One of the most enlightening entrees is Beguni Maach, meltingly tender braised marinated sea bass with ginger, garlic, jalapenos and sun-dried tomatoes served over garam masala baked eggplant, a vegetable accompaniment worthy of being an entrée all on its own. Other entrees will also surprise: Murgh Seyal is a moist grilled chicken breast, subtly spiced, and served over spinach and broccoli rabe. Barrah Masaledar is tender grilled baby lamb chops, wonderfully sauced with a spicy, tangy tomato garam masala, and can be paired with Saffron Rice or Rosemary Naan. It is the best version of the ubiquitous lamb chops in any Manhattan Indian restaurant. For a real treat check out the amazing goat: tender and succulent, it is delicious with raita and warm bread or flavored rice..
Vegetarian dishes include Banarsi Dal, a very special blend of three lentils (symbolizing the holy rivers that join together at the Ganges in the city of Benares), pigeon peas, black and yellow lentils are prepared tableside in a dramatic fiery presentation, mixed with fresh onion, ginger, tomatoes and ghee. There’s also a not to be missed entrée of baby eggplants simmered in coconut, peanut, curry leaves, served with stuffed peppers called Baingan Mirch ka Salan.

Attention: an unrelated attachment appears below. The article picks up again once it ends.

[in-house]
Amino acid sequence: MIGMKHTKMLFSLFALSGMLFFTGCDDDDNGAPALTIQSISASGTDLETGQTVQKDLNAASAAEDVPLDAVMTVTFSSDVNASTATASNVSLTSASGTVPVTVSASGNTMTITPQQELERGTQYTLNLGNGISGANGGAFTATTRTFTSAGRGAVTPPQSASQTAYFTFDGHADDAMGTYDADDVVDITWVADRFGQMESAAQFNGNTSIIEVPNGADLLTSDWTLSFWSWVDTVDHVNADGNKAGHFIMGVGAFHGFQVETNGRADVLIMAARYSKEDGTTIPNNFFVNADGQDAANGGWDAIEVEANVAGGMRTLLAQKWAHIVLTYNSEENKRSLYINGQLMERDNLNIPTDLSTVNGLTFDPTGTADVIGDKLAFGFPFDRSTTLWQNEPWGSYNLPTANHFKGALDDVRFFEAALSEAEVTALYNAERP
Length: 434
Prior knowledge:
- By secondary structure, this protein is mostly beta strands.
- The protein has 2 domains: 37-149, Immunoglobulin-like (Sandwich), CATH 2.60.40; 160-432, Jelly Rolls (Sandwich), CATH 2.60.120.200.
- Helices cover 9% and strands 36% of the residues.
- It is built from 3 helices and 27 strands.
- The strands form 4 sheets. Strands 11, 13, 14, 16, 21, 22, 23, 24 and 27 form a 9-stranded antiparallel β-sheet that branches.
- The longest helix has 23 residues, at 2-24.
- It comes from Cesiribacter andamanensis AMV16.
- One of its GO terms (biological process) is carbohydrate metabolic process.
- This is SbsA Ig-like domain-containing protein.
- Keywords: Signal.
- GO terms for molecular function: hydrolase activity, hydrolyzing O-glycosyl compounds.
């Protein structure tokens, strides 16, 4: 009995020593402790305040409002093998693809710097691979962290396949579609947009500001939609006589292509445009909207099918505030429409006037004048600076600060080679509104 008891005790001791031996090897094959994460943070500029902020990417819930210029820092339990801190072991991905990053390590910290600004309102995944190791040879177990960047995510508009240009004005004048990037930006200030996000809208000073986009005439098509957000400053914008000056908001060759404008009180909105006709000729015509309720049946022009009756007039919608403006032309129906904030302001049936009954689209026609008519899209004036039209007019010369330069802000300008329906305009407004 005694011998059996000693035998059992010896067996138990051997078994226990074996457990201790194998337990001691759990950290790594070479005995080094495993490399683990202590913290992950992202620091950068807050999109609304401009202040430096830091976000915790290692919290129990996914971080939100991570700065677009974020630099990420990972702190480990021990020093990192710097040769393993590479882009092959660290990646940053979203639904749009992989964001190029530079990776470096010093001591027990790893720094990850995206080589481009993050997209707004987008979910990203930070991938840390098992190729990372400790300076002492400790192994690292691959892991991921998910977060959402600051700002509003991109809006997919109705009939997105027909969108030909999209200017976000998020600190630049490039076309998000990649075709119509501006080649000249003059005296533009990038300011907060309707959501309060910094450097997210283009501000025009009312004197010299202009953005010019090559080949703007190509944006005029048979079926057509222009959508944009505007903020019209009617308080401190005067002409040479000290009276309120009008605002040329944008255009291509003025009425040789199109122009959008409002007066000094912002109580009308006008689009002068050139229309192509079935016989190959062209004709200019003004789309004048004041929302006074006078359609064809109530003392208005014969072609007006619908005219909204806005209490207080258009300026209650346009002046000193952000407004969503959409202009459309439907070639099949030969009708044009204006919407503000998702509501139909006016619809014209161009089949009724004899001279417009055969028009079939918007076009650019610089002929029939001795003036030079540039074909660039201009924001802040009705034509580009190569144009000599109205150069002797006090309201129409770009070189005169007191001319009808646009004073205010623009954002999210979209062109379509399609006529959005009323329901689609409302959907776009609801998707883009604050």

Desserts include the traditional milk-based sweets such as Gulab Jamun, condensed milk roundels in sugar syrup, and Rasmalai, sweet cottage cheese dumplings, as well as Kheer Anarkali, pomegranate-saffron flavored rice pudding, thick, creamy and delicious. For something out-of-the-ordinary, go for the warm chocolate soufflé with soft ice cream.
The well-edited global wine list was specially selected to pair with Indian spices and flavors. Most of the wines are available by the glass or by the bottle. The light sweetness of the Washington State Chateau St. Michelle Riesling offsets the spiciness of the food, and the fruitiness of the Handcraft California pinot noir is a good match for lamb and chicken dishes. There’s also a choice of 11 beers including Kingfisher and Taj Mahal.
Service, under the direction of a seasoned pro, restaurant manager Ranbir Bhatia, is helpful and professional and Benares TriBrCa is a must on any subcontinent foodie’s radar and some of the most interesting Indian food in Manhattan.